The 1/92nd Field Artillery
Association - Vietnam


Cover 'TYPHOON' - April 1968

Article from TYPHOON
April 1968


Story and photos by
SP5 A. P. Honegger

If the tactics of scorched earth and the staunch resistance inherent to the Russians repelled Napoleon's invading armies, then the insuperable problems created by the Spring thaw were instrumental in defeating the Corsicans during the Russian campaign.

After the hardships created by the mud, the lot of the artilleryman was far worse than the cavalry or infantryman's. Heavy and bulky in size the bronze alloy cast cannons of the imperial armies not only slowed down the interminable columns of men and material, but also proved ineffective while engaging the elusive Cossack cavalry, due to a lack of mobility.

Advanced technological innovations have greatly improved the artillery's maneuverability, yet, the impediments created by "General Mud" still hold true in the twentieth century. During the monsoons rains which perennially saturate the Central Highlands plateaus of South Vietnam, mud changes roads into viscous waterways. A 4,000 meter displacement of an artillery battery can take up to 16 hours with trucks and howitzers grinding their way through the mud. In these adverse situations, American technology and a great deal of ingenuity often avoid major delays in providing effective and quick artillery fire power.

For the officers and men of the 1st Battalion, 92d Artillery, moving over muddy terrain has become almost second nature. During last year's monsoon season, the battalion's three firing batteries moved over 40 times throughout Pleiku and Kontum Provinces in the Central Highlands.

Youngest member of the 52d Artillery Group, the battalion, headed by Lieutenant Colonel Alfred J. Cade of Salina, Kansas, proudly illustrates the artilleryman's adage: "Shoot, Move and Communicate." One of few towed 155 millimeter howitzer battalions deployed in Vietnam, the 1st or the 92d is capable of setting up a fire base in jungles inaccessible to the heavier self-propelled guns. Each firing battery can be airlifted by the gigantic Skycrane helicopter, thus bringing the war into the enemy's own territory denying him the respite of sanctuary.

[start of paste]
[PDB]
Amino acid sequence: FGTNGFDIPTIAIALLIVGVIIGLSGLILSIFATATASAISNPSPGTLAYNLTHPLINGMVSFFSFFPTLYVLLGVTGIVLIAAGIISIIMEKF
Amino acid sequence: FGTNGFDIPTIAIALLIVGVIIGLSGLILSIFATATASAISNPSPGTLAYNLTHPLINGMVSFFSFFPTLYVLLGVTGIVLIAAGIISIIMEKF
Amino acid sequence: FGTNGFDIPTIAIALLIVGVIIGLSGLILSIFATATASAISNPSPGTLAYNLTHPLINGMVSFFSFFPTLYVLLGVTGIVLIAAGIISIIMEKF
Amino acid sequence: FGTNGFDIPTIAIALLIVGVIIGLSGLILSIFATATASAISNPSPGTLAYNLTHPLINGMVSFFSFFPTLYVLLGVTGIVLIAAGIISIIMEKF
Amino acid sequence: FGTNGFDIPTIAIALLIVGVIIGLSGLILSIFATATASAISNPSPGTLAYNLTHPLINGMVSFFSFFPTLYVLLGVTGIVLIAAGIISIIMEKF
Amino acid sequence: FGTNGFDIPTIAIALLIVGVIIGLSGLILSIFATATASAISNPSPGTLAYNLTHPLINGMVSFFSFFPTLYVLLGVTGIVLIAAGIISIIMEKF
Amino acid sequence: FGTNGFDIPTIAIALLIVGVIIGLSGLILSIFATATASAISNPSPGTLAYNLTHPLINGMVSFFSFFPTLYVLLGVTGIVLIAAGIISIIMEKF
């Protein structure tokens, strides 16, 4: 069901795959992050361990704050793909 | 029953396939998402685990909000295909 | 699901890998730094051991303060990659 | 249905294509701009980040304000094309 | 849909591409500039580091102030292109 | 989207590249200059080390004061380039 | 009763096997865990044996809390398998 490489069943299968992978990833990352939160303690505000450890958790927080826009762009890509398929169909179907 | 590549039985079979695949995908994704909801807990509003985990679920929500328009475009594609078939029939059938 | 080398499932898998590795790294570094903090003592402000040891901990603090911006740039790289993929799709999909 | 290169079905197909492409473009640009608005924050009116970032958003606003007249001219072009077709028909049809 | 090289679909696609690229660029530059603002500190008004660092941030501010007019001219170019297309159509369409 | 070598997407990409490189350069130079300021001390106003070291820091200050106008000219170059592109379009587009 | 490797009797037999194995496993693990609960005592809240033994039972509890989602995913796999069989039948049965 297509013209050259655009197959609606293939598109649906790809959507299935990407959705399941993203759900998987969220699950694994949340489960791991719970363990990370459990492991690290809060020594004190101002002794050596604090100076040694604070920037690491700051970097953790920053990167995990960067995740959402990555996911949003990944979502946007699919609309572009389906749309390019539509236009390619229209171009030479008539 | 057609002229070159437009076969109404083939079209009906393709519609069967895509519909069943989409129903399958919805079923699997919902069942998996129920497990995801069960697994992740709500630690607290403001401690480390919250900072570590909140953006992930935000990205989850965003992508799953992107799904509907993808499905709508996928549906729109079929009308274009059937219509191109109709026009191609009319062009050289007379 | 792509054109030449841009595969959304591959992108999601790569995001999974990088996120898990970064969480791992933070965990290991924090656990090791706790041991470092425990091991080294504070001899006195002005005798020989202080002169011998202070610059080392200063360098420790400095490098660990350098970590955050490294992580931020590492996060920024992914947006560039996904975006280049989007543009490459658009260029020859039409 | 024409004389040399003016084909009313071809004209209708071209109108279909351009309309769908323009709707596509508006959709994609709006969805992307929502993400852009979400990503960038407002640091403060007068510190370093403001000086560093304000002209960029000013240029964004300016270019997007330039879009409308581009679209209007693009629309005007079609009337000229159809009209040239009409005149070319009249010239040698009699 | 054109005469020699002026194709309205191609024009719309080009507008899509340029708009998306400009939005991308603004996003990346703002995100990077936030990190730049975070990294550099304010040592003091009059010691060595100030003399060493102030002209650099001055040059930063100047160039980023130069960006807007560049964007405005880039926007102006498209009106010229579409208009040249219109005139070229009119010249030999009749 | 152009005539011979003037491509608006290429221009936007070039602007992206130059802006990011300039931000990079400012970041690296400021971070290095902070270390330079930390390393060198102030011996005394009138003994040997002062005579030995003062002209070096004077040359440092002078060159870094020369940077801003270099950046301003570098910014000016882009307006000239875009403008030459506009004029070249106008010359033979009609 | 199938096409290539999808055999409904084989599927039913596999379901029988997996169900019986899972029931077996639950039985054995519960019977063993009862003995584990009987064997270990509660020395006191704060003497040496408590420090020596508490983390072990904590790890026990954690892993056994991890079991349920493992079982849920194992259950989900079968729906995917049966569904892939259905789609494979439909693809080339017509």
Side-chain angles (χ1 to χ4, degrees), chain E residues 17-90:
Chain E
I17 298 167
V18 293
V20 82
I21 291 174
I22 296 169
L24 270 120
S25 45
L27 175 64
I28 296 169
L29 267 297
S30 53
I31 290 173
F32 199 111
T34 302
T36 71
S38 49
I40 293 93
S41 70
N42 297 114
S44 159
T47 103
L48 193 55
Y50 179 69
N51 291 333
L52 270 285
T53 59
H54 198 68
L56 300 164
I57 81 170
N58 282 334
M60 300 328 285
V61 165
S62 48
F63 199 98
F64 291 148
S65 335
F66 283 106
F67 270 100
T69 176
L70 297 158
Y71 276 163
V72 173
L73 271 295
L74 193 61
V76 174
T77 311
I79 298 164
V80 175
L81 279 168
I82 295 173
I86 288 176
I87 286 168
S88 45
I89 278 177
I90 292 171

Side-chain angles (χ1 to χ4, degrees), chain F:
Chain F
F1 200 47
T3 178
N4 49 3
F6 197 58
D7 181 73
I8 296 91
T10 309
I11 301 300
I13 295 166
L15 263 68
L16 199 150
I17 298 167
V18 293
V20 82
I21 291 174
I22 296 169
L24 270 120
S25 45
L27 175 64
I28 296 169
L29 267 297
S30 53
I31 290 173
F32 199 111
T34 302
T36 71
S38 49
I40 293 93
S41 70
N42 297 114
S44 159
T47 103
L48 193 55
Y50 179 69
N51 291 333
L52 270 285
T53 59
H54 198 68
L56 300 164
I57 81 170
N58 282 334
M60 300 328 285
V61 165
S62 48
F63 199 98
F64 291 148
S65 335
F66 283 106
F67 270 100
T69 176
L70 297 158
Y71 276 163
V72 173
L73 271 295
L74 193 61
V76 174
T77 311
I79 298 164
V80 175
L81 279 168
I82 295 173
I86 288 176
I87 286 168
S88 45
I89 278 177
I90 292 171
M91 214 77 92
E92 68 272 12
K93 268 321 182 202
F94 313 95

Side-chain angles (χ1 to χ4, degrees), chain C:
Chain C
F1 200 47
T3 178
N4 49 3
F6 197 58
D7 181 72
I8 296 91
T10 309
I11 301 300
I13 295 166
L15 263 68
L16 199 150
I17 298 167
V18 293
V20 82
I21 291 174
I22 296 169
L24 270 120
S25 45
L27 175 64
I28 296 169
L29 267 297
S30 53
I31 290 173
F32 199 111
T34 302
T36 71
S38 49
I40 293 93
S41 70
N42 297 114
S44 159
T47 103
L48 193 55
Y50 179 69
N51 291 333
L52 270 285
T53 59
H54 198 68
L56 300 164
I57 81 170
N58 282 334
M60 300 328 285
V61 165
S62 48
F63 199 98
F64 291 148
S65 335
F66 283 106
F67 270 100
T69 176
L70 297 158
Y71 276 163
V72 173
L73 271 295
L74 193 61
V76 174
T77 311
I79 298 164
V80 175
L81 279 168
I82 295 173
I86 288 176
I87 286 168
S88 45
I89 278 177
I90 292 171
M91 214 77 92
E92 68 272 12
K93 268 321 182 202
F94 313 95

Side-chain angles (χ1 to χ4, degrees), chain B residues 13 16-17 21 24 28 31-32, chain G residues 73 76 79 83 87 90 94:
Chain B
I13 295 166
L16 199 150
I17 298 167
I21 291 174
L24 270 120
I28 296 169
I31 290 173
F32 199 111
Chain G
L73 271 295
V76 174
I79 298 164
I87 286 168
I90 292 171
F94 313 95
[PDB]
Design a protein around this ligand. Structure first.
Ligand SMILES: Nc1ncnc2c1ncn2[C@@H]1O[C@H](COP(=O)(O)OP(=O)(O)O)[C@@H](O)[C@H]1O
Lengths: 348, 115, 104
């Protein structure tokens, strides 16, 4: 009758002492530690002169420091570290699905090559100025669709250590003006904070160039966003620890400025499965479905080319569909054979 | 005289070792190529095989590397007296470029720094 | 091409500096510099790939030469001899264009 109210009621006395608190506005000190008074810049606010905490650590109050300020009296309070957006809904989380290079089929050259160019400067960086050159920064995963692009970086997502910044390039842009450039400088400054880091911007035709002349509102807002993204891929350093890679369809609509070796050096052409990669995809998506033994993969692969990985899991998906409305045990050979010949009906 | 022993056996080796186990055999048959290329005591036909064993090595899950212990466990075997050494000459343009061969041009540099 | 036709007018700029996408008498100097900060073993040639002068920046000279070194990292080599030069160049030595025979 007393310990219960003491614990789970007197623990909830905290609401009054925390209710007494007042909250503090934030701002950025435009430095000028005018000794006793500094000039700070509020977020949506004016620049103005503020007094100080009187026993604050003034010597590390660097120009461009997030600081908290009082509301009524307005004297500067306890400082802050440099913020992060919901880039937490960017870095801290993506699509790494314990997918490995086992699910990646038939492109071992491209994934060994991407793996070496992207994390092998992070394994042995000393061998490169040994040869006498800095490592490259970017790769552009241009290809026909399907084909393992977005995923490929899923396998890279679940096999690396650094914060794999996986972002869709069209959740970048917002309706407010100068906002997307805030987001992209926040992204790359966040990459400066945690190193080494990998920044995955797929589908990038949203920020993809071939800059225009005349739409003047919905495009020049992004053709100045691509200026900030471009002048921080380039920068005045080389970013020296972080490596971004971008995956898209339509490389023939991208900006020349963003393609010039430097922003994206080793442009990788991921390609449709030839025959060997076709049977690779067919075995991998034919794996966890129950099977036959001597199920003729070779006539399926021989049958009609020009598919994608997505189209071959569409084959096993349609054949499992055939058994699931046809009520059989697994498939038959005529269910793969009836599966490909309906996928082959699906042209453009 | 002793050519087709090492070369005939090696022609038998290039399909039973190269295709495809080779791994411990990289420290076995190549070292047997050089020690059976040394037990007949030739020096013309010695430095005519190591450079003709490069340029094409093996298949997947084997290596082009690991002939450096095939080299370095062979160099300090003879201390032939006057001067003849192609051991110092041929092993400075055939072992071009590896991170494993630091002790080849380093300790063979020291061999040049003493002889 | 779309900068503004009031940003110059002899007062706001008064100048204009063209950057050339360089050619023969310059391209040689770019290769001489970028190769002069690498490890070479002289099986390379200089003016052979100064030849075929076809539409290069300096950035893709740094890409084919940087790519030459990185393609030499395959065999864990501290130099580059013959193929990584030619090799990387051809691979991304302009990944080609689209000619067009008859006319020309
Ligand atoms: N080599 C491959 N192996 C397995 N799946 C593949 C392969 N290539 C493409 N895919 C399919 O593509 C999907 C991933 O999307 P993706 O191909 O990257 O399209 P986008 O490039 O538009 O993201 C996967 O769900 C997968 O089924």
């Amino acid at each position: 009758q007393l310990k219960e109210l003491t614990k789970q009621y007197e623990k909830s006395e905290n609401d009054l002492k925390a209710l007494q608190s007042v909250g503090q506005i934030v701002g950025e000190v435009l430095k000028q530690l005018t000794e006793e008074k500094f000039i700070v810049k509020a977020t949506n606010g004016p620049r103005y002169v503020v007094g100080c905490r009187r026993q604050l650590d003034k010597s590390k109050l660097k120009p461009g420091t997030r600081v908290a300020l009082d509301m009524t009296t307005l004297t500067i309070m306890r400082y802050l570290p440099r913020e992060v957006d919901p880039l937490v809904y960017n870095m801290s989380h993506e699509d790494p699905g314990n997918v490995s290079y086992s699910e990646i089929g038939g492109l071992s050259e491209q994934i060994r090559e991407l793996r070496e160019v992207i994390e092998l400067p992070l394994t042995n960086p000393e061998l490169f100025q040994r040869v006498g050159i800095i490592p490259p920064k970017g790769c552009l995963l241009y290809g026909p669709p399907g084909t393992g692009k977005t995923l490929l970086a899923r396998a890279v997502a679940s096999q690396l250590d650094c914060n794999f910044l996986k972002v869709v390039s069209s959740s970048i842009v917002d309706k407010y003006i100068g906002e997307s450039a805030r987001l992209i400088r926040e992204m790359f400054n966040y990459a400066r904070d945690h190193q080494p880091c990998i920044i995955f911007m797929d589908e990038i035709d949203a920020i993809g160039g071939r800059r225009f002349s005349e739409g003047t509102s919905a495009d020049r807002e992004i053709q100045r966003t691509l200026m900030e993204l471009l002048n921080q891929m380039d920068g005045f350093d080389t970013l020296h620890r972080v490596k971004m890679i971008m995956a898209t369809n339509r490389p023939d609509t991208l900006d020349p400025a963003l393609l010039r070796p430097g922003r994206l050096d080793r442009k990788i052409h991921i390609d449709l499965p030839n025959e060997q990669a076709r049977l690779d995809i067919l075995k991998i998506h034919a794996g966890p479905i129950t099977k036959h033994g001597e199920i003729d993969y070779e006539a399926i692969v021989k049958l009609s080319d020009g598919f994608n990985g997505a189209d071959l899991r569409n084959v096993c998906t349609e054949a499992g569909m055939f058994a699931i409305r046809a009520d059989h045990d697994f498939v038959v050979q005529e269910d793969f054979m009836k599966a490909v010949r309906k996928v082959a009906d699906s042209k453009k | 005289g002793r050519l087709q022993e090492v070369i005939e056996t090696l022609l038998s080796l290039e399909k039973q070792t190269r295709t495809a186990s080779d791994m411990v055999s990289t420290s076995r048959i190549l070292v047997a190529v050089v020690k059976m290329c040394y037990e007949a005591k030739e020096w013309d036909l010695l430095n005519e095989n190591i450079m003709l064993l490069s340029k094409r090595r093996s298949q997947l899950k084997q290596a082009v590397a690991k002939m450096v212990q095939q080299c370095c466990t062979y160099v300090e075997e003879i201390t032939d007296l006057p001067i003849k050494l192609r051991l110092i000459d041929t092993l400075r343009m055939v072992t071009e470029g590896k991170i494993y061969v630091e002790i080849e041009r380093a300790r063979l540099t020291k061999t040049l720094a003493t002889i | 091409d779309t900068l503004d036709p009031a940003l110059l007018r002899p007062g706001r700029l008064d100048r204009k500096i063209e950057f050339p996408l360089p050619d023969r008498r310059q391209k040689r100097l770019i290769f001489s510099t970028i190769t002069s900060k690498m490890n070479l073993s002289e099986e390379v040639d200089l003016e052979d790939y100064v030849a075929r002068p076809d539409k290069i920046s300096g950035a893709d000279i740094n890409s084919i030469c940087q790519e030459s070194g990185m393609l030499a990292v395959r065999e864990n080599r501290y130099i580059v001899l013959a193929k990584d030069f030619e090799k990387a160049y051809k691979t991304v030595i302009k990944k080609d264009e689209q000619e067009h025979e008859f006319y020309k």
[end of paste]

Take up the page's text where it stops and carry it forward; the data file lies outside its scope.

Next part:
During the first battle in the vicinity of Dak To, last August, "A" Battery, 1st of the 92d fired as many as 800 rounds a day in support of the 173d Airborne Brigade during the bitter fighting for the hilltops near the junction of the Laotian, Cambodian, and South Vietnamese borders. Eight members of the battery later received awards for valor and "A" Battery earned the respect of the Skytroopers for their performance in the hills of Dak To.

In addition to the three standard firing batteries, the 1st of the 92d has organized a fourth, responsible for direct artillery fire support within the defense net of Pleiku City, and all military installations in the immediate area. Equipped with 105 millimeter towed howitzers, "D' Battery, located at Artillery Hill, is prepared to retaliate in case of attack.

Since its arrival from Fort Bragg, N.C. on March 11, 1967, the battalion has been supporting units of the 4th infantry Division, 173d Airborne Brigade, 1st Cavalry Division (Airmobile), Special Forces detachments and the Republic of Vietnam.

Due to the diversified locations their fire bases, the firing batteries operate on an individual basis, monitored by the Tactical Operation Center (TOC). The battalion Fire Direction Center (FDC), besides plotting the data for "D" Battery, trains newly arrived plotters for future assignment to the firing batteries.

Major Henry K. Faust of Philadelphia, Pa .,battalion S-3, with four years of continuous service with the unit, remarks, "Soon after our arrival in-country we established a reputation of being extremely accurate in the delivery of artillery fires."

With friend and foe sometimes only yards apart, there is no doubt that the accuracy of the "Brave Cannons" as the 1st Battalion, 92d Artillery is nicknamed, not only destroys the enemy in the jungle, but also saves lives, both American and Vietnamese.


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